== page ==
DENVER -- After almost five years of legalized recreational marijuana sales, the tax money keeps pouring in for Denver and the state of Colorado.
“One of the reasons why I think we’ve been so fortunate to be so successful is we’ve had adequate funding to support the work needed to get done,” said Ashley Kilroy, who oversees Denver’s Office of Marijuana Policy.
Her office projects more than $48 million in revenue this year from different taxes on marijuana. In Denver, all marijuana tax money goes to the general fund. The city also needs to dedicate portions of that tax revenue to education, enforcement and regulation. She said that during these last five years, nearly $13 million of the revenue went toward youth prevention efforts.
For 2018, the city has also carved out money from marijuana revenue for certain projects, including $5 million for deferred capital maintenance, $4 million to fix aging parks and recreation centers and an estimated $8 million per year to help double Denver’s Affordable Housing Fund.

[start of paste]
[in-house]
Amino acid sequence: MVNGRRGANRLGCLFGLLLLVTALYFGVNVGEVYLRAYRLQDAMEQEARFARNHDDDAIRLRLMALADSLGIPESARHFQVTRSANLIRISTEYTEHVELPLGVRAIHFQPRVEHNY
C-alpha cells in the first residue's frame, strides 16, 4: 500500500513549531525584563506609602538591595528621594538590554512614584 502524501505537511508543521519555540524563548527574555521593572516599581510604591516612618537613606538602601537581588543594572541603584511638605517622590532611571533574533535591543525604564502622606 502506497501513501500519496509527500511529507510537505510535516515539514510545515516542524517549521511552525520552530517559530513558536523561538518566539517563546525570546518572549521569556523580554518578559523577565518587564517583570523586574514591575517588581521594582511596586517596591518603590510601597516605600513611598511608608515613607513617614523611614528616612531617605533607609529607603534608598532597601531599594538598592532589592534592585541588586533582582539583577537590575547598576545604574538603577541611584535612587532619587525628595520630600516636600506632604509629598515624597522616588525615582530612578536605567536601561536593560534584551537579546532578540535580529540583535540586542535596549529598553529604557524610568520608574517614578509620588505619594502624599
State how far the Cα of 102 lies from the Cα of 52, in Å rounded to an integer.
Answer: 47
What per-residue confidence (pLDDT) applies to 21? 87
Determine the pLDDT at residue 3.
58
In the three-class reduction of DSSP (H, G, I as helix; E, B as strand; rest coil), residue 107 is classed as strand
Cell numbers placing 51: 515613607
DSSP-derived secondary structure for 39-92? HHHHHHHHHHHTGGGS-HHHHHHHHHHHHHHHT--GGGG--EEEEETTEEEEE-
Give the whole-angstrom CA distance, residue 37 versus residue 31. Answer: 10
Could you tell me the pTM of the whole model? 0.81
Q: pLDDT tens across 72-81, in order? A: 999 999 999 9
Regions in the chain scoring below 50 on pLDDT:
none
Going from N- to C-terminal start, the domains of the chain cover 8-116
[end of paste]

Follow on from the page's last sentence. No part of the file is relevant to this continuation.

The state uses this money in a different way.
“Two totally separate buckets, separate pots of money, separate revenue streams and separate expenditures,” Kilroy said.
In fiscal year 2017-2018, the Department of Revenue says it collected $250,968,890 in marijuana tax revenue. The constitution requires the first $40 million in excise tax money go to school construction. Anything over that from the excise tax goes toward public school funds.
Overall, 47 percent of marijuana tax money went to schools for fiscal year 2017-2018, 41 percent went to other state services, and the remaining 12 percent went to the general fund.
This revenue is only a fraction of the total revenue Denver and Colorado pulls in. In Denver, marijuana revenue makes up about 3.5 percent of its total funds, and for Colorado, it doesn’t even scratch 1 percent of total revenue.